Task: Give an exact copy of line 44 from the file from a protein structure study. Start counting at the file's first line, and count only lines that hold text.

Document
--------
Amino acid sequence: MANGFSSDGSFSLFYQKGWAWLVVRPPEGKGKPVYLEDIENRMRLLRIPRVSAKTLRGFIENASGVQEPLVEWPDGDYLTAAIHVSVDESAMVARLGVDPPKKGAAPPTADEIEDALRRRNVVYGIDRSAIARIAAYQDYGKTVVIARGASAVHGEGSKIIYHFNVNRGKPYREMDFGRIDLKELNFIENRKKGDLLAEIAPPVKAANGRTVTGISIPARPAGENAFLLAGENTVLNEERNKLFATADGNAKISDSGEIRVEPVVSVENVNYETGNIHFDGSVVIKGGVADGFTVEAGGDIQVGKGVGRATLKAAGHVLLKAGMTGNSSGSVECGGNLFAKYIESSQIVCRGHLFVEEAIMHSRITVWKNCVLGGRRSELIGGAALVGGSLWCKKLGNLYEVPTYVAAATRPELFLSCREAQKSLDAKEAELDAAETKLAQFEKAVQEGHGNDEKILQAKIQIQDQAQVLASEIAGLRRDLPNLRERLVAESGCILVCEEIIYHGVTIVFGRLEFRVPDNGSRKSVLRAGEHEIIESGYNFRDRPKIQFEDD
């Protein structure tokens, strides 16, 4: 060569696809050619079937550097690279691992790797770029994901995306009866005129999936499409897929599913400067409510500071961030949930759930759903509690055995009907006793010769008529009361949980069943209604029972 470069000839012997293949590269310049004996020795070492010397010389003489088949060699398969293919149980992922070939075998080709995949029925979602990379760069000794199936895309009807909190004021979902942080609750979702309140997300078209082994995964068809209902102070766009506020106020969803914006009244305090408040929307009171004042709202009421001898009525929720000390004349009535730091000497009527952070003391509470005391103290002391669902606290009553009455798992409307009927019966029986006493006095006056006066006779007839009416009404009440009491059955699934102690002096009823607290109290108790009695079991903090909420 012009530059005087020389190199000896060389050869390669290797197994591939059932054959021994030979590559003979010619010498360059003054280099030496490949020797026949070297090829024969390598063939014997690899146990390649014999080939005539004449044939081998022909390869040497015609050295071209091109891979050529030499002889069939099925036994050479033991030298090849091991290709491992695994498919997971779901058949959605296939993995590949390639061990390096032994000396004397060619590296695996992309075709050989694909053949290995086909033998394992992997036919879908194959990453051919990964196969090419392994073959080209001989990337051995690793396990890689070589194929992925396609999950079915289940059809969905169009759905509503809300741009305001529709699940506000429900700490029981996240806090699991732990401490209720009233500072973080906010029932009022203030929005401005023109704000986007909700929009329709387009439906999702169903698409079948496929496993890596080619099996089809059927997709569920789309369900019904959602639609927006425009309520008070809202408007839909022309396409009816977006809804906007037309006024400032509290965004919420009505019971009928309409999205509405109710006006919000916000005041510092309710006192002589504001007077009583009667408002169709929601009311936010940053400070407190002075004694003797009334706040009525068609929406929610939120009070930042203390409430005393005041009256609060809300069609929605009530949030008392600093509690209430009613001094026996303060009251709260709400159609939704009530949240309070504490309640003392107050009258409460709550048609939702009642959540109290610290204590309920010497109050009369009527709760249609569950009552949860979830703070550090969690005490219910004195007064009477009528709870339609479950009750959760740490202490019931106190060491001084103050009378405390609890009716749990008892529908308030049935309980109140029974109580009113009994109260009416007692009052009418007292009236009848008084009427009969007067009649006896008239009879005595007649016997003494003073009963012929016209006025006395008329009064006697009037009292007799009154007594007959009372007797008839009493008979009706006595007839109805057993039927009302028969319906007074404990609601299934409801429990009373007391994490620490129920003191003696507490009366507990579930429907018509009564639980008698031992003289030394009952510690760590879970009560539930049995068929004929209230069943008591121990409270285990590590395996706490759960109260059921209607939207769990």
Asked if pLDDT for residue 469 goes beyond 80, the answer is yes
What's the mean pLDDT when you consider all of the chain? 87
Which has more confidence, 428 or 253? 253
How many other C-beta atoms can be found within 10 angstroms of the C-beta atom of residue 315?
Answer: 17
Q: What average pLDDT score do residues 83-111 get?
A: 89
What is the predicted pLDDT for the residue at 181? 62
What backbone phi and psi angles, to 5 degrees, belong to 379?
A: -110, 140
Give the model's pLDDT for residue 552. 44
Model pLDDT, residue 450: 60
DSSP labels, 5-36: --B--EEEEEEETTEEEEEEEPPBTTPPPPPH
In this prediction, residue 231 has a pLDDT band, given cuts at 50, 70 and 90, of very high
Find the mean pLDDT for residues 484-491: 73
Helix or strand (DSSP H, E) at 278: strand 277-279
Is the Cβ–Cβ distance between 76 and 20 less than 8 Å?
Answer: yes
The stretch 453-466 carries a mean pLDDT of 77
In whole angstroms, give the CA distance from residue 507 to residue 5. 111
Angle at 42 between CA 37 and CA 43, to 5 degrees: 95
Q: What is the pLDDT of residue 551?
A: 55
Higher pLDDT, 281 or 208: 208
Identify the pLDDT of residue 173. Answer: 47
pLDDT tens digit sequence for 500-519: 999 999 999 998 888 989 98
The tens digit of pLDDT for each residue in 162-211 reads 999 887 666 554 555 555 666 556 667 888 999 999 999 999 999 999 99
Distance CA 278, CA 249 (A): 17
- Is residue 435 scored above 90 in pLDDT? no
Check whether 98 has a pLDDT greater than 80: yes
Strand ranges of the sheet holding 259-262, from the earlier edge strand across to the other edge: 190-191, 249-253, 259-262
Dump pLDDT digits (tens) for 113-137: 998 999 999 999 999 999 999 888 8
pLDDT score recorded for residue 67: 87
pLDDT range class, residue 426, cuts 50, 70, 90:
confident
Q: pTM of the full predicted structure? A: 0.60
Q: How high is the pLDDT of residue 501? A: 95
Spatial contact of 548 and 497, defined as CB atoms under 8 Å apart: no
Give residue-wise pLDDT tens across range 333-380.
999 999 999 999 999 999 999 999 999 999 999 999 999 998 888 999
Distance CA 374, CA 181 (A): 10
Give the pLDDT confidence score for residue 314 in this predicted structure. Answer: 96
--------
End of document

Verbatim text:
Give the pLDDT confidence score for residue 314 in this predicted structure. Answer: 96